By Rachel Birdsell
I’ve been thinking about specialists a lot, lately. Specialists take a field of study, narrow it down to a particular branch, then climb out to the end of that branch and pick a leaf they fancy. They take that leaf and turn it over, upside down and then back again, and they learn everything about it they can. Every curve and bump, every notch and vein is studied. They study their leaf until they can draw it from memory, and feel it without having to touch it.
Then there are the people like me who aren’t an expert in anything. The most I am is mediocre to good at any one subject. I know a tiny bit about a number of things. But I’ve never studied any particular leaf, and have never even studied a branch or even a trunk much past the first inch or two that is sticking out of the ground. I know a little about antiques, a little about politics, a little about books. I can talk a little about art and a little more about music. I like to pretend that the reason I flit from one thing to the next is because of my Bohemian spirit. That’s more romantic than admitting to myself that, in reality, it’s just because I’m so easily distracted and so easily seduced by the promise of new knowledge.
It’s only been in the past few months that not being an expert has even slightly bothered me. I started wondering if I was missing out, and if I should be studying a particular leaf on a particular branch of a particular tree. Should I stop flitting from one subject to the next and take time to study seventh century Greek architecture so narrowly that I can tell you where the marble from a particular Corinthian column was quarried? Am I the loser standing in the corner of a crowded party, shunned because I don’t know who the emperor of Rome was in 543 A.D.? Why do I worry about clogging my already taxed brain with this? Shouldn’t I be okay with knowing that the answer is a Google search away? More importantly, why the hell am I going to parties where 6th century emperors are being discussed?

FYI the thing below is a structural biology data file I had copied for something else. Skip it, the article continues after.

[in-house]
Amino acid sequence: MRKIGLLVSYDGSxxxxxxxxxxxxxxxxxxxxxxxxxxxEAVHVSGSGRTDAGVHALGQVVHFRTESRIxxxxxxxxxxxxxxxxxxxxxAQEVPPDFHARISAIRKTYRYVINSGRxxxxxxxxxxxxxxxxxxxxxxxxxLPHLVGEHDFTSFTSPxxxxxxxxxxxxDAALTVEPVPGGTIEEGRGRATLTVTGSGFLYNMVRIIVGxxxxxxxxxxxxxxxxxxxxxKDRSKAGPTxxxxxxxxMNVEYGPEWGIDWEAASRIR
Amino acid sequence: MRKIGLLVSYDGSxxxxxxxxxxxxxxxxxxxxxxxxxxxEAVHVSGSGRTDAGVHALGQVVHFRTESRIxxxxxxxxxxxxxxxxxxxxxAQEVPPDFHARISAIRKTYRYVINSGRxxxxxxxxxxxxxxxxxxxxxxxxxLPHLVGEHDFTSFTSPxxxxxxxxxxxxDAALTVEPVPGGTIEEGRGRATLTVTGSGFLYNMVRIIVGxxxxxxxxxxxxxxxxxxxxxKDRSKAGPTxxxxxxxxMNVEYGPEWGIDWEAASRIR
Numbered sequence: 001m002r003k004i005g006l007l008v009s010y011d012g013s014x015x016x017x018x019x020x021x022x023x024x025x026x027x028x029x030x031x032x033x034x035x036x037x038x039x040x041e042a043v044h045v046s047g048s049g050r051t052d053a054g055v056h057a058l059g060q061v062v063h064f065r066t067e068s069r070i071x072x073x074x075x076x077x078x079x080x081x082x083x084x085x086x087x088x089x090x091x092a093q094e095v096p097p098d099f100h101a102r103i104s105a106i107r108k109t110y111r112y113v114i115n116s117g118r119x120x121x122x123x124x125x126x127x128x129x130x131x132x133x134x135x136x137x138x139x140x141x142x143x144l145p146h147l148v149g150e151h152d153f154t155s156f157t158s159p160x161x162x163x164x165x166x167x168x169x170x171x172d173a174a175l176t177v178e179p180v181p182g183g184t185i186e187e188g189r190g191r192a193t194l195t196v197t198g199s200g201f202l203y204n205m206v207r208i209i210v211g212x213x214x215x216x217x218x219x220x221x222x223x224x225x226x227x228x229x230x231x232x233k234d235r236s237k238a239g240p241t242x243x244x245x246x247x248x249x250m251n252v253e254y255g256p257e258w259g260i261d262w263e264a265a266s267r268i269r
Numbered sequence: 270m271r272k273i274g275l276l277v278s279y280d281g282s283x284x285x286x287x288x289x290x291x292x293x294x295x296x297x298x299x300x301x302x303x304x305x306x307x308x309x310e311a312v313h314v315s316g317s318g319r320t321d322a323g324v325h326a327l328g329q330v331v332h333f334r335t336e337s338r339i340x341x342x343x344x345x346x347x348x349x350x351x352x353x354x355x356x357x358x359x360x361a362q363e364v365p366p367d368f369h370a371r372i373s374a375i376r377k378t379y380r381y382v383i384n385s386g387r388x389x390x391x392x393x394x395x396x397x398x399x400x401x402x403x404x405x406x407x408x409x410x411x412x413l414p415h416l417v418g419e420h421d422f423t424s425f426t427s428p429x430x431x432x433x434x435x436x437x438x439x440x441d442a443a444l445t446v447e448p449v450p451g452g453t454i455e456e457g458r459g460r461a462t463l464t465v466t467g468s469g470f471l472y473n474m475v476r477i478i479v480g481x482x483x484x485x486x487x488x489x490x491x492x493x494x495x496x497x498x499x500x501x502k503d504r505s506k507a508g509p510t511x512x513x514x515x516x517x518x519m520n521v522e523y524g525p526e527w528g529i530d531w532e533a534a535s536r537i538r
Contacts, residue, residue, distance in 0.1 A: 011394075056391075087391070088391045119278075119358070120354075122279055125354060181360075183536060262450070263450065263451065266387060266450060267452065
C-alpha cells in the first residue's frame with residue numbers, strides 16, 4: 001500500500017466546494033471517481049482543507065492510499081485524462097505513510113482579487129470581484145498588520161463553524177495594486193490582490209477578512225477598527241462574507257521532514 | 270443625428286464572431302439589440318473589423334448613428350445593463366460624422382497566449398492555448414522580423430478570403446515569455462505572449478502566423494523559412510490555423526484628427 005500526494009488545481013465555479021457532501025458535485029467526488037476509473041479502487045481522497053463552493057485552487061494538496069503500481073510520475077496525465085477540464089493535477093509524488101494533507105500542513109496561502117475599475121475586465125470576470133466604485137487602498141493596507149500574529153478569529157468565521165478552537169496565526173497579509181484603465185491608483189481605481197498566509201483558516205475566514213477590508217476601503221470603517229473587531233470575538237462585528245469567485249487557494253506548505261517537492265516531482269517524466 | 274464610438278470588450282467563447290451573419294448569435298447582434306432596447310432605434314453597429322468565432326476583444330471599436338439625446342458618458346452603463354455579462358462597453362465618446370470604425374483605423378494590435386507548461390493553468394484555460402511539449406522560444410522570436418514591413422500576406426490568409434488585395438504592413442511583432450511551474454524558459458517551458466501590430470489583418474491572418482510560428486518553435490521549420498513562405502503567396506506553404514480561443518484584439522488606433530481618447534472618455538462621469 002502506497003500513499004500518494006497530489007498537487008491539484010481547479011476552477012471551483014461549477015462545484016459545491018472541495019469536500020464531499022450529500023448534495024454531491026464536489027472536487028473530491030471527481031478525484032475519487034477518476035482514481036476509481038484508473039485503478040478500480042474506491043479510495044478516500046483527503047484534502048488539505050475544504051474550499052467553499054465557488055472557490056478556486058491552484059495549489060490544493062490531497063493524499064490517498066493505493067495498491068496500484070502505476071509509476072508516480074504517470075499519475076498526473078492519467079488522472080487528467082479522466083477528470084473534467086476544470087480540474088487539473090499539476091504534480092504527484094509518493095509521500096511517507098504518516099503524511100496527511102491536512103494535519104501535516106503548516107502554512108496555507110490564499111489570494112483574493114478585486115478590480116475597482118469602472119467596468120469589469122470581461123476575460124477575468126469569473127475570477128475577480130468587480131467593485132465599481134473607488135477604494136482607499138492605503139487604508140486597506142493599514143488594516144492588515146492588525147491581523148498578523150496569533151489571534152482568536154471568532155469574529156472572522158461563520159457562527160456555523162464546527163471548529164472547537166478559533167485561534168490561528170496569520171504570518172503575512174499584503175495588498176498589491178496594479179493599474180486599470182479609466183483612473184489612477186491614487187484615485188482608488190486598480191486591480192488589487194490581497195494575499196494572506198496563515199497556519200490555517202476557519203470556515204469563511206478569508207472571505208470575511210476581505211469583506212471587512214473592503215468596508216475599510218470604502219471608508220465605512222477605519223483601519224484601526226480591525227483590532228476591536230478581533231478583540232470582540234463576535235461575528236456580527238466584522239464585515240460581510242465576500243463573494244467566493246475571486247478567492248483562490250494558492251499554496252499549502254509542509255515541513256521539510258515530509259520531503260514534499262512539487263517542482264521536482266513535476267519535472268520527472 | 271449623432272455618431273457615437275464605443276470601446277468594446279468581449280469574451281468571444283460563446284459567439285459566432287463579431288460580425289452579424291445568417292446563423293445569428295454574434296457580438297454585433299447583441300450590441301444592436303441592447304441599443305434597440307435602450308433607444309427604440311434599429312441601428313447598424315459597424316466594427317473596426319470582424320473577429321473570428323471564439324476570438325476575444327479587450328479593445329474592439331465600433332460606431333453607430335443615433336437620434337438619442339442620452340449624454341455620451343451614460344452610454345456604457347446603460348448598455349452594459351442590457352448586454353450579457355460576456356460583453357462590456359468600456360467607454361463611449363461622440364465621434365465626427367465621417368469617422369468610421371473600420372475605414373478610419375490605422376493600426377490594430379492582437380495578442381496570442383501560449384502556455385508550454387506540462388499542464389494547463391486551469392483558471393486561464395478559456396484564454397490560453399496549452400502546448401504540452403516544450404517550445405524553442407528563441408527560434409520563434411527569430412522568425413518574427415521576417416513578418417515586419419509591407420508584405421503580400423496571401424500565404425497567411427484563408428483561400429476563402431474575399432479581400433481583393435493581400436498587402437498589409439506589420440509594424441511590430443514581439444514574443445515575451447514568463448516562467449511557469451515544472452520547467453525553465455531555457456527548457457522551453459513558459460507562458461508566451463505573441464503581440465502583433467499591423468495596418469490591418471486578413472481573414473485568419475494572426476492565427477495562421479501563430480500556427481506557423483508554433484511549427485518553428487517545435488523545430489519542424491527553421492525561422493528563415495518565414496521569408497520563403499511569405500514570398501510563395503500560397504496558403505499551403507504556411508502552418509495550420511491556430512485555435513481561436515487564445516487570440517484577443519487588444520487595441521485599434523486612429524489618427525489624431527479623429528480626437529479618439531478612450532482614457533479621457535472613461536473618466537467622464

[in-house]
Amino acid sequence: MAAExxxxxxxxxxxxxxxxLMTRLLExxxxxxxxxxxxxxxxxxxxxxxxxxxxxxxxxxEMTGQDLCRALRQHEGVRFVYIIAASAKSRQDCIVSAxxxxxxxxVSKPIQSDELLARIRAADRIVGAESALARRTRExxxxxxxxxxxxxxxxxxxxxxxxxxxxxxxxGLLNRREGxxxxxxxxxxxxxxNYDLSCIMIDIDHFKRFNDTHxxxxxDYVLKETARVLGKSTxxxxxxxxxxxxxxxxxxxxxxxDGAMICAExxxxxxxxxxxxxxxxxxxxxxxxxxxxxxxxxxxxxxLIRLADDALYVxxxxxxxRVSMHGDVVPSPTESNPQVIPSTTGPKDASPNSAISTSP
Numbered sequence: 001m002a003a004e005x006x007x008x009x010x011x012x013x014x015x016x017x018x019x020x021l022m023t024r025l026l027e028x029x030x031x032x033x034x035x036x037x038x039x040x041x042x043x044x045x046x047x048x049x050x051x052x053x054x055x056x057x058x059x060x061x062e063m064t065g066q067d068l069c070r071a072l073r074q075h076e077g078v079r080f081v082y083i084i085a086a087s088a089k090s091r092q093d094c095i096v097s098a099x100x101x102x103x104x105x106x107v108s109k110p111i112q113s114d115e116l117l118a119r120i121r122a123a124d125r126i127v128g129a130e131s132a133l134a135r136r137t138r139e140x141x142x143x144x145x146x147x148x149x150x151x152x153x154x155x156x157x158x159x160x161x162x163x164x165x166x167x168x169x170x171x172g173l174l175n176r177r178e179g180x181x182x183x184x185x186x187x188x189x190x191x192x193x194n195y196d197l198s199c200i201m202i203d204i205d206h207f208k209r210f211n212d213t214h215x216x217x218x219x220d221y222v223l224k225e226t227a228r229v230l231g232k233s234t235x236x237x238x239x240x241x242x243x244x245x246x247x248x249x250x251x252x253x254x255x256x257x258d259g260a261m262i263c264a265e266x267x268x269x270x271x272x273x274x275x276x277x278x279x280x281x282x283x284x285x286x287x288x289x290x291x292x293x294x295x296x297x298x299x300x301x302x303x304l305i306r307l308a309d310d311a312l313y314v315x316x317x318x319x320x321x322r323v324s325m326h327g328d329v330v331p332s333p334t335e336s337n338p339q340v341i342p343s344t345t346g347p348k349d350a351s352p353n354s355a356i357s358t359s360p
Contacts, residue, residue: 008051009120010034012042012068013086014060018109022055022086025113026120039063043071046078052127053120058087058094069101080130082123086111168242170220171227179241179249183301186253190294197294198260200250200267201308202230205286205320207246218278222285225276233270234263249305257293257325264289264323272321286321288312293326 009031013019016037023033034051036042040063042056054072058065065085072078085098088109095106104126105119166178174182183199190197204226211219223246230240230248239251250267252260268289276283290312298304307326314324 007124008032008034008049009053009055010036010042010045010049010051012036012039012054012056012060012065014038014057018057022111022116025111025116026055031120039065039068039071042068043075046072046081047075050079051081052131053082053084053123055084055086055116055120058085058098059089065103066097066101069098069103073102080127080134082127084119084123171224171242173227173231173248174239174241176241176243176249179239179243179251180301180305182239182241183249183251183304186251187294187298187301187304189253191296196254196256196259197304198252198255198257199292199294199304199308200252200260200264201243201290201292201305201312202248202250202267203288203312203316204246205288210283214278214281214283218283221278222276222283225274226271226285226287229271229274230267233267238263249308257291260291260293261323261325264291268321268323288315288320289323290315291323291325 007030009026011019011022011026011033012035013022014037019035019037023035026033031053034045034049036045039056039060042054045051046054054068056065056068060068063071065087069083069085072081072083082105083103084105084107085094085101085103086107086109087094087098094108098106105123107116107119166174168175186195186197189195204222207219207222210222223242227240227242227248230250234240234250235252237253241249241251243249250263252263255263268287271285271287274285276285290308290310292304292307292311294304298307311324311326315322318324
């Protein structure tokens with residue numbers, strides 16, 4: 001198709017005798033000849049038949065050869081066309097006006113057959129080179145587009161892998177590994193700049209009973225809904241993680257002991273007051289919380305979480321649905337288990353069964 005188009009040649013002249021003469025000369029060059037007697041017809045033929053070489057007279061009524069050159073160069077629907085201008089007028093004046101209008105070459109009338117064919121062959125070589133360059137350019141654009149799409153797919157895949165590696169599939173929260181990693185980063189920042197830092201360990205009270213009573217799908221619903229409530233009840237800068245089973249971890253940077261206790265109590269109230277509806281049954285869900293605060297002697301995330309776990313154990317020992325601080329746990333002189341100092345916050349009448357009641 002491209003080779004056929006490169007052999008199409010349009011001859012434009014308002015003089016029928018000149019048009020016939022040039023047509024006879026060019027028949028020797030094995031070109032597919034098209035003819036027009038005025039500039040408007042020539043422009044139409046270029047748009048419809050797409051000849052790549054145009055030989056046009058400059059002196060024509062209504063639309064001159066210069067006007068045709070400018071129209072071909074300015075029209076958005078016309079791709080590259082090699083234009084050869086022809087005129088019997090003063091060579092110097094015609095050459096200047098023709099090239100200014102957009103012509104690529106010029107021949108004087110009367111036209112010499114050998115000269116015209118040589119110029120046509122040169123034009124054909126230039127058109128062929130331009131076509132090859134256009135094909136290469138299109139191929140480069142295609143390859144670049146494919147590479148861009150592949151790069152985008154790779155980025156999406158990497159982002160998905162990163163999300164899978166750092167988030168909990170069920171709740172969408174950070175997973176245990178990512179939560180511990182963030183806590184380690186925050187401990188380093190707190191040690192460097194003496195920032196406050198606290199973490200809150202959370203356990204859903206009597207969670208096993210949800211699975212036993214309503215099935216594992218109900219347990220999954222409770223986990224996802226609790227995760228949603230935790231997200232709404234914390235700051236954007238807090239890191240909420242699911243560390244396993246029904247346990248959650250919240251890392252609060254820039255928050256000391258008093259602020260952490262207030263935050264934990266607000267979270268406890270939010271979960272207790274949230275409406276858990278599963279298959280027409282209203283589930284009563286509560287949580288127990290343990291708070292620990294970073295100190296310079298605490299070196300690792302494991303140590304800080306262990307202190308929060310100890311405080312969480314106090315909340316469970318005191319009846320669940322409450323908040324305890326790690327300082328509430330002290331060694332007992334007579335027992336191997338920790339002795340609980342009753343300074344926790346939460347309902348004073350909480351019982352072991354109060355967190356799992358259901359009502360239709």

I can’t help but worry a little, though, because I start thinking that maybe the specialists, like those who wrap themselves in the minutiae of 17th century Parisian furniture or the types of upholstery fabric used in 1950s Fords, have it right. While they have their heads stuck in a Louis XIV armoire or a 1953 Victoria, they are gods and giants of the world they’ve created for themselves. On their leaf, they know almost everything there is to know. In sharp contrast, I am left looking around, astounded at how little I know, and how little time there is to learn it all.
Rachel Birdsell is a freelance writer and artist. You can reach her at firstname.lastname@example.org or facebook.com/RachelABirdsell